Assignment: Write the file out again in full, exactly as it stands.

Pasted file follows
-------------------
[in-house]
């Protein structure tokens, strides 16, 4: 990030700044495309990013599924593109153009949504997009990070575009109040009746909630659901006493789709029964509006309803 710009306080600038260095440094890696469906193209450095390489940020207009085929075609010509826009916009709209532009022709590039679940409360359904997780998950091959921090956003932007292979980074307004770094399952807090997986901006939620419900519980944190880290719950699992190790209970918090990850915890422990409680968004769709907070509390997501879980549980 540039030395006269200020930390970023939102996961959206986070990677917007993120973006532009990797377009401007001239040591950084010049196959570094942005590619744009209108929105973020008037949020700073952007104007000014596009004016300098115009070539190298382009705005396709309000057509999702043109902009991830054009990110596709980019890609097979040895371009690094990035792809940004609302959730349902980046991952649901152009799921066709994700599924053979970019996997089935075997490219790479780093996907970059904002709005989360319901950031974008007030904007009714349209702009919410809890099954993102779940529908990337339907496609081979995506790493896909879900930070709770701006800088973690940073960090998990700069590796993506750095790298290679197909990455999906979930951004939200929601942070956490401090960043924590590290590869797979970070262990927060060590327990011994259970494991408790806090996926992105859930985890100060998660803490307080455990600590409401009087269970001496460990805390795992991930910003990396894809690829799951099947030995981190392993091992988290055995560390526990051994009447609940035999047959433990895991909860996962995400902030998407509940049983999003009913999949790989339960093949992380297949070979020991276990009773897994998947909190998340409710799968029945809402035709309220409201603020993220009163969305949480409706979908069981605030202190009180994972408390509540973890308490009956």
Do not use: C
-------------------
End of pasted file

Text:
[in-house]
């Protein structure tokens, strides 16, 4: 990030700044495309990013599924593109153009949504997009990070575009109040009746909630659901006493789709029964509006309803 710009306080600038260095440094890696469906193209450095390489940020207009085929075609010509826009916009709209532009022709590039679940409360359904997780998950091959921090956003932007292979980074307004770094399952807090997986901006939620419900519980944190880290719950699992190790209970918090990850915890422990409680968004769709907070509390997501879980549980 540039030395006269200020930390970023939102996961959206986070990677917007993120973006532009990797377009401007001239040591950084010049196959570094942005590619744009209108929105973020008037949020700073952007104007000014596009004016300098115009070539190298382009705005396709309000057509999702043109902009991830054009990110596709980019890609097979040895371009690094990035792809940004609302959730349902980046991952649901152009799921066709994700599924053979970019996997089935075997490219790479780093996907970059904002709005989360319901950031974008007030904007009714349209702009919410809890099954993102779940529908990337339907496609081979995506790493896909879900930070709770701006800088973690940073960090998990700069590796993506750095790298290679197909990455999906979930951004939200929601942070956490401090960043924590590290590869797979970070262990927060060590327990011994259970494991408790806090996926992105859930985890100060998660803490307080455990600590409401009087269970001496460990805390795992991930910003990396894809690829799951099947030995981190392993091992988290055995560390526990051994009447609940035999047959433990895991909860996962995400902030998407509940049983999003009913999949790989339960093949992380297949070979020991276990009773897994998947909190998340409710799968029945809402035709309220409201603020993220009163969305949480409706979908069981605030202190009180994972408390509540973890308490009956």
Do not use: C